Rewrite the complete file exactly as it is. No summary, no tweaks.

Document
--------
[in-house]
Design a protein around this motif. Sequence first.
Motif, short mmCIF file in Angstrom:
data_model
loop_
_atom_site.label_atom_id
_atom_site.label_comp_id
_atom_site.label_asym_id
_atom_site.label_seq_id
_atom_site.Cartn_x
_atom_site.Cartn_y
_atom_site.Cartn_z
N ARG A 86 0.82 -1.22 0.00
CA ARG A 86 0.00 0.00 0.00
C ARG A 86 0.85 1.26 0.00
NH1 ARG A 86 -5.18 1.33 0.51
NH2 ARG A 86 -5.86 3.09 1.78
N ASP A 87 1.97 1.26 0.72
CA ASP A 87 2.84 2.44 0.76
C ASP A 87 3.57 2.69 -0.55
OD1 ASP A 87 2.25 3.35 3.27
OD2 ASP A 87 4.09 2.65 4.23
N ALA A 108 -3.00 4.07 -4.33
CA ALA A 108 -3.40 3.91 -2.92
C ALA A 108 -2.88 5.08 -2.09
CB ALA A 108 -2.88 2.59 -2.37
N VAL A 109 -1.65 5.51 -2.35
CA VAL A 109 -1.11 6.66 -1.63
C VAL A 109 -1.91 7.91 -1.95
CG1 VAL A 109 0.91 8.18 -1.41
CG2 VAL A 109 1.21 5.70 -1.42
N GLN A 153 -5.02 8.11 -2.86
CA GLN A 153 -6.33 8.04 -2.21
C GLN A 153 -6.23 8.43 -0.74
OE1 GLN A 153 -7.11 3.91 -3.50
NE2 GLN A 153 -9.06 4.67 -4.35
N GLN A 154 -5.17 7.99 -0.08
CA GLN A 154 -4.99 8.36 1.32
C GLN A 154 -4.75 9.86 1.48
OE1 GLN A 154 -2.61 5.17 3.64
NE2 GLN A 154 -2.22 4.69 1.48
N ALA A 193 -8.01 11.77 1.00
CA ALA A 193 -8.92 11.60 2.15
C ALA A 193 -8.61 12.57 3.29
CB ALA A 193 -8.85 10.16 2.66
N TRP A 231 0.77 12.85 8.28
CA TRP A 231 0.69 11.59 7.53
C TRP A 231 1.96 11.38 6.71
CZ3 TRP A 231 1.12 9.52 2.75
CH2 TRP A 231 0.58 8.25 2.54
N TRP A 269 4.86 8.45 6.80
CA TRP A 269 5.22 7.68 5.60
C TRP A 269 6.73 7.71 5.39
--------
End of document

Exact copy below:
[in-house]
Design a protein around this motif. Sequence first.
Motif, short mmCIF file in Angstrom:
data_model
loop_
_atom_site.label_atom_id
_atom_site.label_comp_id
_atom_site.label_asym_id
_atom_site.label_seq_id
_atom_site.Cartn_x
_atom_site.Cartn_y
_atom_site.Cartn_z
N ARG A 86 0.82 -1.22 0.00
CA ARG A 86 0.00 0.00 0.00
C ARG A 86 0.85 1.26 0.00
NH1 ARG A 86 -5.18 1.33 0.51
NH2 ARG A 86 -5.86 3.09 1.78
N ASP A 87 1.97 1.26 0.72
CA ASP A 87 2.84 2.44 0.76
C ASP A 87 3.57 2.69 -0.55
OD1 ASP A 87 2.25 3.35 3.27
OD2 ASP A 87 4.09 2.65 4.23
N ALA A 108 -3.00 4.07 -4.33
CA ALA A 108 -3.40 3.91 -2.92
C ALA A 108 -2.88 5.08 -2.09
CB ALA A 108 -2.88 2.59 -2.37
N VAL A 109 -1.65 5.51 -2.35
CA VAL A 109 -1.11 6.66 -1.63
C VAL A 109 -1.91 7.91 -1.95
CG1 VAL A 109 0.91 8.18 -1.41
CG2 VAL A 109 1.21 5.70 -1.42
N GLN A 153 -5.02 8.11 -2.86
CA GLN A 153 -6.33 8.04 -2.21
C GLN A 153 -6.23 8.43 -0.74
OE1 GLN A 153 -7.11 3.91 -3.50
NE2 GLN A 153 -9.06 4.67 -4.35
N GLN A 154 -5.17 7.99 -0.08
CA GLN A 154 -4.99 8.36 1.32
C GLN A 154 -4.75 9.86 1.48
OE1 GLN A 154 -2.61 5.17 3.64
NE2 GLN A 154 -2.22 4.69 1.48
N ALA A 193 -8.01 11.77 1.00
CA ALA A 193 -8.92 11.60 2.15
C ALA A 193 -8.61 12.57 3.29
CB ALA A 193 -8.85 10.16 2.66
N TRP A 231 0.77 12.85 8.28
CA TRP A 231 0.69 11.59 7.53
C TRP A 231 1.96 11.38 6.71
CZ3 TRP A 231 1.12 9.52 2.75
CH2 TRP A 231 0.58 8.25 2.54
N TRP A 269 4.86 8.45 6.80
CA TRP A 269 5.22 7.68 5.60
C TRP A 269 6.73 7.71 5.39